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Submitted 9.25pm 14/5/08

Stefan Radelich was able to contact the FTH Australia office and give an update on current relief efforts.

Arriving early Tuesday he was able to make good connections immediately. He was really impressed with the quality of people involved at the local church. They had established 32 church plants before the disaster, but unfortunately the senior pastor has only been able to contact 12 of them in the days after the disaster. Stefan was not confident how many had tragically been killed in the disaster and how many were simply missing.

The church has already conducted three distributions among the 17 provinces of Yangon. Each distribution would give 2000 families enough rice for 3 days. These initial food distributions were purchased with the church’s own funds. These funds have long since been exhausted.

Yangon the largest city affected by the cyclone has reportedly returned to a functioning state of normalcy with shops reopening for business. He does note that military check points prevent access to roads to the heavily affected Delta region.

The Delta region is flooded with storm water, but it actually has contaminated all fresh water with salt. They are struggling for the kind of clean water that Stefan can help provide through the purifying pumps he brought in. They will be of immediate use if he can get them into the affected areas. He is hoping he can train local church team members in their correct usage and begin operations among the survivors, and bring more through the next shipment.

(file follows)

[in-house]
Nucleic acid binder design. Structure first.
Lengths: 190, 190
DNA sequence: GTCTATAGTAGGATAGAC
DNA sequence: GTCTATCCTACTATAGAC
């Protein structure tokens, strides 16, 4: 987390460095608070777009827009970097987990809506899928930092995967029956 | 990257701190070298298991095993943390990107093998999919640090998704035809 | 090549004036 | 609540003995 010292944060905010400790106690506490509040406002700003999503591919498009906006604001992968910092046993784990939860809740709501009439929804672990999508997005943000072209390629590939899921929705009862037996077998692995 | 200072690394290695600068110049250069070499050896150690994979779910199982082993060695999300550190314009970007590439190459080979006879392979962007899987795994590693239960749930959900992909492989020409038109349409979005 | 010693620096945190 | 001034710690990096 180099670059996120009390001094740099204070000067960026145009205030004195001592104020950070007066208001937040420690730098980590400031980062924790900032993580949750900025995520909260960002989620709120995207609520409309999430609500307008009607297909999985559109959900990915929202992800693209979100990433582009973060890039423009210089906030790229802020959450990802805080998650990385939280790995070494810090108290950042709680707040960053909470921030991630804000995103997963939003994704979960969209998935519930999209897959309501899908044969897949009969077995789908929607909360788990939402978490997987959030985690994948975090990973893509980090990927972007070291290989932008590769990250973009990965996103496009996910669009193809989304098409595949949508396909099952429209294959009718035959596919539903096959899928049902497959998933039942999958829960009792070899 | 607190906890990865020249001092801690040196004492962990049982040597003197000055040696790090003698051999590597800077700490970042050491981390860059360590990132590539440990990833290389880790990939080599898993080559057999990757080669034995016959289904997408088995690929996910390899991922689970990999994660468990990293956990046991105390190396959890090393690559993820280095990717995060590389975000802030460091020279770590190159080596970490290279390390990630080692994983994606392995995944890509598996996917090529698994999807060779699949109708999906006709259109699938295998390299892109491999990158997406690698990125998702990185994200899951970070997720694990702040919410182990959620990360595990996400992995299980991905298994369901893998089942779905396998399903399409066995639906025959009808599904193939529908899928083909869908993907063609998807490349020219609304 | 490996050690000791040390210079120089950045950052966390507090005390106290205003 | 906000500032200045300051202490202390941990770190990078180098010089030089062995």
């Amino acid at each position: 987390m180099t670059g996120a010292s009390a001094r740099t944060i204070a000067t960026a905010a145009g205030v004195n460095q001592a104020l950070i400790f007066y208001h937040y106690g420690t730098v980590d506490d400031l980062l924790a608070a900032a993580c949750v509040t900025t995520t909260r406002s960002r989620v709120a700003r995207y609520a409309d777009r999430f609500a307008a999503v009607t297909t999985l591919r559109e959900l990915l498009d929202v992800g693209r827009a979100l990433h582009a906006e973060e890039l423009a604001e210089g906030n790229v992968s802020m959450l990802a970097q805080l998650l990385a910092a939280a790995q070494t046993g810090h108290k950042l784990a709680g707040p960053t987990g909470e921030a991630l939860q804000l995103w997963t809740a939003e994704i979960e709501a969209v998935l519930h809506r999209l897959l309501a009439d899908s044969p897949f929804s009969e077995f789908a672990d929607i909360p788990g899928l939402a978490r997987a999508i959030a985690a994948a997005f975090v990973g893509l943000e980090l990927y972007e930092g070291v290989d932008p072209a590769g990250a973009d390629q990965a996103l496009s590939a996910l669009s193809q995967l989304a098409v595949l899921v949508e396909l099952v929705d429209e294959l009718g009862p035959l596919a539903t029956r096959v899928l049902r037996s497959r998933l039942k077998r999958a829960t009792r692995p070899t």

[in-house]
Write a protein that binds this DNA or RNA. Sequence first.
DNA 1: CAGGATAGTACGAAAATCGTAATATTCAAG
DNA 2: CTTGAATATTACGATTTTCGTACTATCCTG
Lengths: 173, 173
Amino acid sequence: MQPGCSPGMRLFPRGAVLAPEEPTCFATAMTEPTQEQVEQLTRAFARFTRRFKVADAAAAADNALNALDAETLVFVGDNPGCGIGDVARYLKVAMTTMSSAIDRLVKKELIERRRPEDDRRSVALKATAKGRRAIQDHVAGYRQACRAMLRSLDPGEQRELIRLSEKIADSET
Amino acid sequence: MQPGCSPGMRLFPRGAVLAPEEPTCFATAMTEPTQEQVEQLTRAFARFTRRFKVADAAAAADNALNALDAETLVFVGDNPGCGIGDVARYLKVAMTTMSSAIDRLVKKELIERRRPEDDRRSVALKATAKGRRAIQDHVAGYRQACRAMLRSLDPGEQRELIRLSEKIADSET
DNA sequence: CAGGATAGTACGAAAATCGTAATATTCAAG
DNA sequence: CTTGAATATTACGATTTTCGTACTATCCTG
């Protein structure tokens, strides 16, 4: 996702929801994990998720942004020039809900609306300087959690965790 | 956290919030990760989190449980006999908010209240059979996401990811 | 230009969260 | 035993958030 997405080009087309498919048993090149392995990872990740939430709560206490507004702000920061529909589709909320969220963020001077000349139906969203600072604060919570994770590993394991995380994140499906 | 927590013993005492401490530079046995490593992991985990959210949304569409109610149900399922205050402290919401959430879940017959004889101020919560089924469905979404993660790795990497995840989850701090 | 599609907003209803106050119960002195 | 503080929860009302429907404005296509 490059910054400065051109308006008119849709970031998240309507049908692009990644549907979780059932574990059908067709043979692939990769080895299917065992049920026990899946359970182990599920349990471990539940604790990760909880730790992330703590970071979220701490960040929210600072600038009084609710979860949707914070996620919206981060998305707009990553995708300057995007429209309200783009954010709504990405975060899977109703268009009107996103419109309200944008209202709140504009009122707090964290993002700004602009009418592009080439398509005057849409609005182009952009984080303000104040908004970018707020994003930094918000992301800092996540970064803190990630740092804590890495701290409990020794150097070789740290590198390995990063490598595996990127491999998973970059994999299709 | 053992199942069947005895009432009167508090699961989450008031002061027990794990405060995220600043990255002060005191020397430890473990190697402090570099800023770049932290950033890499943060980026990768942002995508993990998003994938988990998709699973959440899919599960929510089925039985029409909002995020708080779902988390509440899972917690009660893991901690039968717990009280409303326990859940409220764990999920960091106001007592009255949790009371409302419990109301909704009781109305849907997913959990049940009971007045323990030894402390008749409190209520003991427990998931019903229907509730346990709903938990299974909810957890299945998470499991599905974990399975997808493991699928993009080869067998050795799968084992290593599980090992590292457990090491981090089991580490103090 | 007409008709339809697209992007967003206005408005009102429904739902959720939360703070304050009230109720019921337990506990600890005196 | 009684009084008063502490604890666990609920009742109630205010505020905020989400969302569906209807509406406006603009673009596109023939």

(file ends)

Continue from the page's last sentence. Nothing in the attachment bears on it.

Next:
Rice and other food items seem to be readily available at reasonable prices in Yangon. Stefan is recommending for the next few days that food should continue to bought in country rather than pay for the shipping from Thailand. However basic building materials and items helpful for emergency shelter have skyrocketed. In some cases they are five times more expensive than pre-cyclone prices. FTH will look at helping to relieve these supply problems.
Stefan mentioned reports of people migrating away from the disaster areas and heading to remote villages in the hope of finding food and shelter. They are creating of their own accord what the United Nations calls an IDP or Internally Displaced People camps. This could actually create additional pressure on the villages because they themselves have no resources to help – but are compelled by compassion.

Stefan is continuing to coordinate with other NGO’s and the UN representatives that are in country to find the best ways to bring in more aid supplies, and to make sure it gets to the people who need it the most.

Since our inception in 1987, FTH has always operated as a CHURCH to CHURCH humanitarian organisation. FTH endeavours to raise funding in the western or first world and distribute among churches in the third world or in this case the disaster areas.

This not only helps ensure that food is correctly distributed, but also helps build the local church in the community, and therefore gives the local Christians an opportunity to share the Gospel through their acts of kindness.

FTH is continuing to seek emergency donations from Christians and Churches who have plenty to spare and therefore can share. Please contact the office to send your best donation to help bring Christ into this situation and end this terrible catastrophe.

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